Inside The New York Botanical Garden

Kicking Off Children’s Book Week!

Posted in From the Library on May 1 2018, by Samantha D’Acunto

Samantha D’Acunto is the Reference Librarian at The New York Botanical Garden‘s LuEsther T. Mertz Library.

Children's Book WeekIt’s the 99th anniversary of the Children’s Book Council – Children’s Book Week! Children’s Book Week is a national event that first started in 1919 to promote literacy among the nation’s youth. Each year readers are invited to celebrate this week in various ways. To join in on the fun, the LuEsther T. Mertz Library would love to share exciting new titles that have recently been added to our children’s circulating collection. Visit us in the library to see fantastic titles on display April 30th to May 6th!

To kick off the celebration we would like to highlight…

Floris Books is reintroducing the works of Sibylle von Olfers and Signe Aspelin to delight a new generation! Originally, the Story of the Root Children was printed in 1906 in German. It is now in its eighth printing in English. For readers not familiar with the story, it’s a celebration of the wonders that spring and summer offer each year. Winter is over and it is time for Mother Earth to wake up the Root Children. As they wake from their sleepy slumber, the Root Children begin to prepare to emerge for spring. In their bright colors, the Root Children— Snowdrop, Forget-me-not, Daisy, Buttercup, Poppy, and their insect friends—make their way above ground. Under the warmth of the sun, they all explore forests and meadows. As spring turns to summer, and summer to autumn, the Root children are ready for bed again.

Mushroom FolkThe Tales of the Mushroom Folk by Signe Aspelin first emerged on the scene in 1909, introducing readers to mushroom families by using simple language and delicate illustrations. Tales of the Mushroom Folk remains a wonderful choice for readers hoping to learn about mushrooms in a lighthearted manner. Featured are short personified tales of 12 mushroom families. The guide to mushrooms at the end of the book lists the 12 mushrooms and notes which are edible and which are not. It is not advised to consume foraged mushrooms without the supervision of an expert.

Current publications from Floris Books include titles from Gerda Muller, author of How Does My Garden Grow? and How Does My Fruit Grow? Join Sophie this summer in How Does My Garden Grow? to learn about what it takes to grow your very own garden. Discover how gardens change from season to season as plants, insects and wildlife cycle in and out of the garden. Take on chores such as planting, pruning, watering, harvesting, and cooking! From peas to bees, readers will learn the ins and outs of starting, maintaining, and enjoying a garden. Similarly, How Does My Fruit Grow? invites readers to join Sophie as she learns all about fruit! Through the seasons, readers will learn about everything from juicy cherries and plump peaches to bold figs and delicate olives. How Does My Fruit Grow? introduces the tasks involved with harvesting and processing fruit all while offering facts about history and production.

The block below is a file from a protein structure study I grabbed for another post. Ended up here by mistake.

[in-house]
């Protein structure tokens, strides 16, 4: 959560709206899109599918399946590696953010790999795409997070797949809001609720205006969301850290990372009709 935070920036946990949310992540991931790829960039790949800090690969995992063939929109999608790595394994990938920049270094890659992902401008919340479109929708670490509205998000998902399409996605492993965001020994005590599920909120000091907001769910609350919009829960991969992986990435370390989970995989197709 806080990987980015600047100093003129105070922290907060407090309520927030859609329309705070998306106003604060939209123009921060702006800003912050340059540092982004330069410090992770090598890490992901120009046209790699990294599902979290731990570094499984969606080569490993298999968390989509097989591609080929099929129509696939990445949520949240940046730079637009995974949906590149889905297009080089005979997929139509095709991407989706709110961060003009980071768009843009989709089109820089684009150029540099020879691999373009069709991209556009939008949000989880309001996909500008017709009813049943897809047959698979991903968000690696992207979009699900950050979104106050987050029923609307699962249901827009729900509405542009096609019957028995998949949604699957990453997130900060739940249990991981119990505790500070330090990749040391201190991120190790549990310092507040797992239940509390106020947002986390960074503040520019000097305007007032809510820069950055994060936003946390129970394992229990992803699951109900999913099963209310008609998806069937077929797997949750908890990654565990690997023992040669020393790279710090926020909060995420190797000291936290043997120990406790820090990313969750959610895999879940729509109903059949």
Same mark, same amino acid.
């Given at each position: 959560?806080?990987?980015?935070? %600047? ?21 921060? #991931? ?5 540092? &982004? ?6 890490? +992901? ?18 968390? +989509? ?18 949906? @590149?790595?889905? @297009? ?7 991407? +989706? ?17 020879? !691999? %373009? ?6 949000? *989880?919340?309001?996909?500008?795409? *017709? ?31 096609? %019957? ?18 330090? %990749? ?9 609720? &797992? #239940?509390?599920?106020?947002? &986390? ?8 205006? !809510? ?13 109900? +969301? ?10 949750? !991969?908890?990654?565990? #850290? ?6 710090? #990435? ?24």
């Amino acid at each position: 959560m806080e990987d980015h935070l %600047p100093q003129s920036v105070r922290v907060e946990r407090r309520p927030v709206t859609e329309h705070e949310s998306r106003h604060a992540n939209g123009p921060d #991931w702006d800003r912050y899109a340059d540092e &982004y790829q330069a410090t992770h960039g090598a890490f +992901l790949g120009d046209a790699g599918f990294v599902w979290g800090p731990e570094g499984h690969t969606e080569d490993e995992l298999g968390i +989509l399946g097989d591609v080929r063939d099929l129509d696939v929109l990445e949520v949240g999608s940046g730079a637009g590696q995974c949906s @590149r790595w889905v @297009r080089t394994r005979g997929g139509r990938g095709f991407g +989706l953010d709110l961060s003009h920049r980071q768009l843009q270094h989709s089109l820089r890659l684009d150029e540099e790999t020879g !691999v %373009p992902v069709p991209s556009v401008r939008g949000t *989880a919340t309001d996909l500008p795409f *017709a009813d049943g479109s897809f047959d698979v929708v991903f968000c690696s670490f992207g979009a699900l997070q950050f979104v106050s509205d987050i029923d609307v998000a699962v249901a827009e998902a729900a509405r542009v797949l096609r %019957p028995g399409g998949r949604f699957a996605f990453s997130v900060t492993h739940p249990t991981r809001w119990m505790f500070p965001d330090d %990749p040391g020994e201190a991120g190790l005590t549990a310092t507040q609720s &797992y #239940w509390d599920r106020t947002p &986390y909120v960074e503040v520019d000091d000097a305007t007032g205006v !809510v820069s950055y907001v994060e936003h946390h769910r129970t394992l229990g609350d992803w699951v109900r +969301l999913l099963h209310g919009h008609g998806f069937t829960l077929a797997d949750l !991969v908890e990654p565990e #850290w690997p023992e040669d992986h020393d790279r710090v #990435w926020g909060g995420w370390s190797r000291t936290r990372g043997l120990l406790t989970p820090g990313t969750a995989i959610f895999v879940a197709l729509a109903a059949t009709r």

TreesCandlewick Press publishes books that cover all subjects, from the tallest tree to the smallest critters! Chris Butterworth provides readers with the many reasons to love trees in The Things I Love About Trees. The illustrations by Charlotte Voake guide readers through the seasons as buds burst from branches, new leaves spring forth, bark widens, and fall colors begin to appear. The Things I Love About Trees is a sweet story for every season and a way to explore all there is to taste, touch, hear, see, and love about trees. In The Squirrel’s Busy Year readers learn that from winter through autumn, squirrel keeps busy by digging up bulbs, hiding from owls, searching for tree buds, and burying acorns. In this first science story, author Martin Jenkins and illustrator Richard Jones successfully introduce habitats, seasons, and ecology by offering a simple narrative and imagery. For ages 0–3, Black Bird, Yellow Sun by Steve Light is the perfect way to learn and practice colors all while following black bird throughout the day. Simple shapes accompany the narrative to provide an easy understanding of various environments such as mountaintops and flower beds.

Author and Illustrator of We Dig Worms, Kevin McCloskey has a new title in the Toon Books Giggle and Learn series. Snails Are Just My Speed introduces early readers to snails in an easy-to-read first comic for grades K–1. Snails can be found under the sea, high up on mountains, in the rain forest and in your garden. Learn snail facts, including who their predators are, how they repair their shells, why they produce mucus, and how to draw a snail on your own. Kevin McCloskey’s illustrations are simple, humorous, and educational. The information provided throughout the book is fun, interesting, and sometimes a bit yucky! Young readers are sure to enjoy Snails Are Just My Speed.

The Mushroom fan ClubThe Mushroom Fan Club brilliantly demonstrates the clever imagination of cartoonist Elise Gravel. Readers are invited on a mushroom walk to learn about various fungi, from boletes to polypores. The book weaves in colorful illustrations and information that cover mushroom anatomy, reproduction, and identification! Readers will be delighted to share their newly learned fungi facts with friends and family. The Mushroom Fan Club is a club worth joining as there are only two rules to abide by: protect the mushrooms’ environment and don’t eat them without supervision of an expert. It’s certain to be a fun read.

Enjoy Children’s Book Week—we hope to see you in the library!